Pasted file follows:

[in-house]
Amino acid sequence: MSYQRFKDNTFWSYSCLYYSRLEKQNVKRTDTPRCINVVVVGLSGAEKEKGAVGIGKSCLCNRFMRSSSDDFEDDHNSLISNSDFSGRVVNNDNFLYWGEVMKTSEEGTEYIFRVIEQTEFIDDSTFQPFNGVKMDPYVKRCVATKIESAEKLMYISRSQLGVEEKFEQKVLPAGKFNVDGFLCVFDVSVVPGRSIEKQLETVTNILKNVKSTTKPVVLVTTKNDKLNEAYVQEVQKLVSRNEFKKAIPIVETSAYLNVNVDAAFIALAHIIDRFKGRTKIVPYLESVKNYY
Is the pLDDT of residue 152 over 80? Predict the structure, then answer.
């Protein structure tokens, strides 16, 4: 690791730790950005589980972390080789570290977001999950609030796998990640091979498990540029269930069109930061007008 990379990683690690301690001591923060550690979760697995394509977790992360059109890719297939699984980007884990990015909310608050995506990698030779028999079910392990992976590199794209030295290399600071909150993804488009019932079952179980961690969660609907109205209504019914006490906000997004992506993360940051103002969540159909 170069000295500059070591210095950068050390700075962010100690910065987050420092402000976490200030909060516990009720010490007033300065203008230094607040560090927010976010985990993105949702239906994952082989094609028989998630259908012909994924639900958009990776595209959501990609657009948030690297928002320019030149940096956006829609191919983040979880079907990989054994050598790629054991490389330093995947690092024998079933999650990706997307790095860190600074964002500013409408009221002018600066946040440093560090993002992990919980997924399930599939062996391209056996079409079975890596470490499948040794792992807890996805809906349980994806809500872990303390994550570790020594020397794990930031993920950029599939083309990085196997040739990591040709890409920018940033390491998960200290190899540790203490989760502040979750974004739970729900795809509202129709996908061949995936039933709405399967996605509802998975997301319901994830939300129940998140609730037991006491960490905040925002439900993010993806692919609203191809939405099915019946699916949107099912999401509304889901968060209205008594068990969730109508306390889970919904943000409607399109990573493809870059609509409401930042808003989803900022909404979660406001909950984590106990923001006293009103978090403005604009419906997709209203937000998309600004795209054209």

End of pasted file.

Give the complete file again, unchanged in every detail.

[in-house]
Amino acid sequence: MSYQRFKDNTFWSYSCLYYSRLEKQNVKRTDTPRCINVVVVGLSGAEKEKGAVGIGKSCLCNRFMRSSSDDFEDDHNSLISNSDFSGRVVNNDNFLYWGEVMKTSEEGTEYIFRVIEQTEFIDDSTFQPFNGVKMDPYVKRCVATKIESAEKLMYISRSQLGVEEKFEQKVLPAGKFNVDGFLCVFDVSVVPGRSIEKQLETVTNILKNVKSTTKPVVLVTTKNDKLNEAYVQEVQKLVSRNEFKKAIPIVETSAYLNVNVDAAFIALAHIIDRFKGRTKIVPYLESVKNYY
Is the pLDDT of residue 152 over 80? Predict the structure, then answer.
């Protein structure tokens, strides 16, 4: 690791730790950005589980972390080789570290977001999950609030796998990640091979498990540029269930069109930061007008 990379990683690690301690001591923060550690979760697995394509977790992360059109890719297939699984980007884990990015909310608050995506990698030779028999079910392990992976590199794209030295290399600071909150993804488009019932079952179980961690969660609907109205209504019914006490906000997004992506993360940051103002969540159909 170069000295500059070591210095950068050390700075962010100690910065987050420092402000976490200030909060516990009720010490007033300065203008230094607040560090927010976010985990993105949702239906994952082989094609028989998630259908012909994924639900958009990776595209959501990609657009948030690297928002320019030149940096956006829609191919983040979880079907990989054994050598790629054991490389330093995947690092024998079933999650990706997307790095860190600074964002500013409408009221002018600066946040440093560090993002992990919980997924399930599939062996391209056996079409079975890596470490499948040794792992807890996805809906349980994806809500872990303390994550570790020594020397794990930031993920950029599939083309990085196997040739990591040709890409920018940033390491998960200290190899540790203490989760502040979750974004739970729900795809509202129709996908061949995936039933709405399967996605509802998975997301319901994830939300129940998140609730037991006491960490905040925002439900993010993806692919609203191809939405099915019946699916949107099912999401509304889901968060209205008594068990969730109508306390889970919904943000409607399109990573493809870059609509409401930042808003989803900022909404979660406001909950984590106990923001006293009103978090403005604009419906997709209203937000998309600004795209054209």